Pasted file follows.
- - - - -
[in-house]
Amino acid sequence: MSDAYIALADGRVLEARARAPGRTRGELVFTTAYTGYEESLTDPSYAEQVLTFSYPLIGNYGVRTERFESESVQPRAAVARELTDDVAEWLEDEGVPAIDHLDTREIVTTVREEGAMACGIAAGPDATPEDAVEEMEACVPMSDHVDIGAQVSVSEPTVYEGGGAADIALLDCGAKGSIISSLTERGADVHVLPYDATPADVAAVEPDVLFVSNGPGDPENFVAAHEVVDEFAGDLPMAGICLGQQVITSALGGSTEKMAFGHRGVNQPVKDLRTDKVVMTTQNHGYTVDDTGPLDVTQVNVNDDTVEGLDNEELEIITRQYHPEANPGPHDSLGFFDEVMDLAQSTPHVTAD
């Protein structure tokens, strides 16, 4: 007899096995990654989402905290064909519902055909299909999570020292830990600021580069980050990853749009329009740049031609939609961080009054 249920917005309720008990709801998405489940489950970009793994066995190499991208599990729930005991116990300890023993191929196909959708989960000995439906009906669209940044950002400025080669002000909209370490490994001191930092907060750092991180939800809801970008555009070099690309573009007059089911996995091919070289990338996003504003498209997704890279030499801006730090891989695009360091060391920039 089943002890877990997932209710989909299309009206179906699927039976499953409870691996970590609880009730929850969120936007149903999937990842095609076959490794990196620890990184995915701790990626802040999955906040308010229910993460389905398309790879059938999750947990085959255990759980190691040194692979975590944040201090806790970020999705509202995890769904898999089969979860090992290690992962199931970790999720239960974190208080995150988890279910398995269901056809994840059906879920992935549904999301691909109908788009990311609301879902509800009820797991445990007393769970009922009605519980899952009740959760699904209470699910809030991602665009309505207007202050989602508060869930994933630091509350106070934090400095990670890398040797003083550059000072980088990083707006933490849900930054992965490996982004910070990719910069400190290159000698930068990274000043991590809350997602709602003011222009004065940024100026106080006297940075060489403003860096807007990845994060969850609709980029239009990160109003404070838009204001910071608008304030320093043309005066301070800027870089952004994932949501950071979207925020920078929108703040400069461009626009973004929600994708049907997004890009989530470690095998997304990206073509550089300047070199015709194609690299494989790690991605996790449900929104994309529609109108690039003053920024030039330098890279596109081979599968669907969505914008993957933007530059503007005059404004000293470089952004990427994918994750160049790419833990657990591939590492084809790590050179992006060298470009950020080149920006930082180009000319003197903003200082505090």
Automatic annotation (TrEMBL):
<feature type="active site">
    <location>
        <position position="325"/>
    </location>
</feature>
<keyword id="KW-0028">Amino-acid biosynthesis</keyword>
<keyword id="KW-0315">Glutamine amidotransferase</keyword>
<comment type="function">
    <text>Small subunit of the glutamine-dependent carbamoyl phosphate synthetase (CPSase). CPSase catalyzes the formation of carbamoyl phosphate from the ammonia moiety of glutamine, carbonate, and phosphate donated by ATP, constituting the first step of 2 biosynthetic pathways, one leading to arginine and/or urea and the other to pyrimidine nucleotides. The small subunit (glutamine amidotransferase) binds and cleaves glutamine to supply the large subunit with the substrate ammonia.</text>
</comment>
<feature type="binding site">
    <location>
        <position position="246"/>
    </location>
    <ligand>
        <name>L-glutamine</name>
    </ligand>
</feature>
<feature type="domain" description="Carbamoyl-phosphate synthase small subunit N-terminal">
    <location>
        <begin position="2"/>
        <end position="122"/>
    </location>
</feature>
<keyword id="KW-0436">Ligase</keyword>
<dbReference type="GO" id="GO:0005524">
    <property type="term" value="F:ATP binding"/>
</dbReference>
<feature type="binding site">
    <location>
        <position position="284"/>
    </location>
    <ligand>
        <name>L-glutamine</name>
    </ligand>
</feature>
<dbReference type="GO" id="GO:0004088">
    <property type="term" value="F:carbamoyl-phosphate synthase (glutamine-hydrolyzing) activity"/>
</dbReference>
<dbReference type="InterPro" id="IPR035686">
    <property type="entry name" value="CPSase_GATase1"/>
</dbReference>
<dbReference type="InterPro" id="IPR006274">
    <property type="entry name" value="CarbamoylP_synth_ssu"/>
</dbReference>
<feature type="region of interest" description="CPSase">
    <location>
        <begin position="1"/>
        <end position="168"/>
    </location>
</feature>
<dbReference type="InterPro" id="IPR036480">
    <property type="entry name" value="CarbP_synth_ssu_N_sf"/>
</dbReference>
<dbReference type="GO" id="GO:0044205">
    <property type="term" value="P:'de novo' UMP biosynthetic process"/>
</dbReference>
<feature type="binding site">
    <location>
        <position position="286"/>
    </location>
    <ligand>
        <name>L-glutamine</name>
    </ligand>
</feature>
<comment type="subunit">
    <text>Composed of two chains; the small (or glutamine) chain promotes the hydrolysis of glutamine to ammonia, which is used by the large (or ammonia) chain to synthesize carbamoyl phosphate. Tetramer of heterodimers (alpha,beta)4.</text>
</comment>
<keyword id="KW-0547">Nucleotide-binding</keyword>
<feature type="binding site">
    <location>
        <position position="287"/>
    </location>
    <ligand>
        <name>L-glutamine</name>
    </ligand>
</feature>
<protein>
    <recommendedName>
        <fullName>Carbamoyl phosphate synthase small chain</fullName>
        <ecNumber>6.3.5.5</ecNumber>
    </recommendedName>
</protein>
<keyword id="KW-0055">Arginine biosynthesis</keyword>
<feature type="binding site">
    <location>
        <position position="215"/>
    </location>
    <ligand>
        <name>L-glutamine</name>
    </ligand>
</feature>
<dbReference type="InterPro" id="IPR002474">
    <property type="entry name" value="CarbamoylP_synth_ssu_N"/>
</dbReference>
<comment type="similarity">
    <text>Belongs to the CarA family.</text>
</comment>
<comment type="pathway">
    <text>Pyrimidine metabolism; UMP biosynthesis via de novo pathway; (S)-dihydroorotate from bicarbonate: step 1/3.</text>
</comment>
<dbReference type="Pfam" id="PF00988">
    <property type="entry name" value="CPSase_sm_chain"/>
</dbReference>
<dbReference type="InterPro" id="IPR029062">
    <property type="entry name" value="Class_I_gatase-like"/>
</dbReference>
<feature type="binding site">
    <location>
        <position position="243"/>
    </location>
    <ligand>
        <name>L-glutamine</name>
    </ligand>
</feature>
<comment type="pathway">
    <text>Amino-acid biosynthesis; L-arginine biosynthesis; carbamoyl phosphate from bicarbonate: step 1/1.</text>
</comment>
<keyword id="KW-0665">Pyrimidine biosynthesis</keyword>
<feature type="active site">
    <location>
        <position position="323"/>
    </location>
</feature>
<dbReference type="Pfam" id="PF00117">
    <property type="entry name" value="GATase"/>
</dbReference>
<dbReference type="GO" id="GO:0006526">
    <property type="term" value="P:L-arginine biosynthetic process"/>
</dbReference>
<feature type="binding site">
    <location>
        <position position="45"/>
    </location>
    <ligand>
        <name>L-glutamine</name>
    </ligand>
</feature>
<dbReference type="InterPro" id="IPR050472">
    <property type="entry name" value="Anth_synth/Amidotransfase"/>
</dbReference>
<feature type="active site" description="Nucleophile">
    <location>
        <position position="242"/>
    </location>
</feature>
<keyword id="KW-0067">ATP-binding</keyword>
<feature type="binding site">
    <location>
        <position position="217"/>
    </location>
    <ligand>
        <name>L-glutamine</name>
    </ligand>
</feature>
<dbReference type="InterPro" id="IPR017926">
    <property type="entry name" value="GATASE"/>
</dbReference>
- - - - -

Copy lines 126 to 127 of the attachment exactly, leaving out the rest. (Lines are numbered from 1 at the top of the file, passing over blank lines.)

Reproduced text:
        <position position="323"/>
    </location>